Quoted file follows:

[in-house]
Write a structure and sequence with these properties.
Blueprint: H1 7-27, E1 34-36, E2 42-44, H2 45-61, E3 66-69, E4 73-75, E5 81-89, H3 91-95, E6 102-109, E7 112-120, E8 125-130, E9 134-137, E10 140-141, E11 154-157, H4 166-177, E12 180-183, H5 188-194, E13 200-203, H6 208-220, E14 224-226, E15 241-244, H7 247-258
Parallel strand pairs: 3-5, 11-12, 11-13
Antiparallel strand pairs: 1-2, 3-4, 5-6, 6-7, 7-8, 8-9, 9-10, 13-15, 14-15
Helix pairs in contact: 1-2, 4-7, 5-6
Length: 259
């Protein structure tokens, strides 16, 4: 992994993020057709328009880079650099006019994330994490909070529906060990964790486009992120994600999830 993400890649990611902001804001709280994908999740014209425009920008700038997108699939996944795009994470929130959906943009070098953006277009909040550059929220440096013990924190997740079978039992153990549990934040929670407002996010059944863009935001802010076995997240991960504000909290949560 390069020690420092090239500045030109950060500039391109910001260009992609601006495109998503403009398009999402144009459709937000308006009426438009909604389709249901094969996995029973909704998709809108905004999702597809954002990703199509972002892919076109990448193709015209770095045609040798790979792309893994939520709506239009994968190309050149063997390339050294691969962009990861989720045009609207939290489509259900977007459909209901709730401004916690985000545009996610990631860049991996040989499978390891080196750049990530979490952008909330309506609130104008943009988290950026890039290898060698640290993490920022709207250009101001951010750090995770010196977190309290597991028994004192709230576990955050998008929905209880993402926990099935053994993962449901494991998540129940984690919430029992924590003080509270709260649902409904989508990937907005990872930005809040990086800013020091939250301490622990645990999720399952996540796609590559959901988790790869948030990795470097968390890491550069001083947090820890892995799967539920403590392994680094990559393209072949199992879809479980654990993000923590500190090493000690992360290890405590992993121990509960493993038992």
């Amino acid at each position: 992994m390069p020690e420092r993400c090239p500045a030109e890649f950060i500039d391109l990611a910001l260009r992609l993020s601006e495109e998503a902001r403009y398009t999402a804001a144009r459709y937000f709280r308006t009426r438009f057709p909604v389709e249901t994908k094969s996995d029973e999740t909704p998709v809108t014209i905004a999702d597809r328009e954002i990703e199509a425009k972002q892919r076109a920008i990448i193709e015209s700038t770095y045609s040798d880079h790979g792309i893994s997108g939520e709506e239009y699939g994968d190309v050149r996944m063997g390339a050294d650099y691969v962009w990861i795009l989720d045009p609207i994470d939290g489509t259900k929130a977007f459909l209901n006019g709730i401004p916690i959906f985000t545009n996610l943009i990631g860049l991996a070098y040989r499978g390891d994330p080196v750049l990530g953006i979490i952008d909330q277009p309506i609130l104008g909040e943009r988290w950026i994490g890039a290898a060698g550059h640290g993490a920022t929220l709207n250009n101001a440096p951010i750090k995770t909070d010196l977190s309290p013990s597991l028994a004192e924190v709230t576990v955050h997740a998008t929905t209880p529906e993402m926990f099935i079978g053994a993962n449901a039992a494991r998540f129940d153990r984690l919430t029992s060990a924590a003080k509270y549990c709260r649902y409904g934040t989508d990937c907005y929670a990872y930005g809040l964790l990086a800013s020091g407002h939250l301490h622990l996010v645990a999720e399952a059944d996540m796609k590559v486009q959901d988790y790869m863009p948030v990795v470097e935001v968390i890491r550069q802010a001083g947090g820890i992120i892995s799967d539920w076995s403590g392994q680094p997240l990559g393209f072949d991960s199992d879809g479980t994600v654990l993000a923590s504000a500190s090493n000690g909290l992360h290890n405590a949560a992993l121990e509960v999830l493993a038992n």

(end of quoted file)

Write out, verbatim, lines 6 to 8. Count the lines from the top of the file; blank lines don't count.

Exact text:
Helix pairs in contact: 1-2, 4-7, 5-6
Length: 259
């Protein structure tokens, strides 16, 4: 992994993020057709328009880079650099006019994330994490909070529906060990964790486009992120994600999830 993400890649990611902001804001709280994908999740014209425009920008700038997108699939996944795009994470929130959906943009070098953006277009909040550059929220440096013990924190997740079978039992153990549990934040929670407002996010059944863009935001802010076995997240991960504000909290949560 390069020690420092090239500045030109950060500039391109910001260009992609601006495109998503403009398009999402144009459709937000308006009426438009909604389709249901094969996995029973909704998709809108905004999702597809954002990703199509972002892919076109990448193709015209770095045609040798790979792309893994939520709506239009994968190309050149063997390339050294691969962009990861989720045009609207939290489509259900977007459909209901709730401004916690985000545009996610990631860049991996040989499978390891080196750049990530979490952008909330309506609130104008943009988290950026890039290898060698640290993490920022709207250009101001951010750090995770010196977190309290597991028994004192709230576990955050998008929905209880993402926990099935053994993962449901494991998540129940984690919430029992924590003080509270709260649902409904989508990937907005990872930005809040990086800013020091939250301490622990645990999720399952996540796609590559959901988790790869948030990795470097968390890491550069001083947090820890892995799967539920403590392994680094990559393209072949199992879809479980654990993000923590500190090493000690992360290890405590992993121990509960493993038992």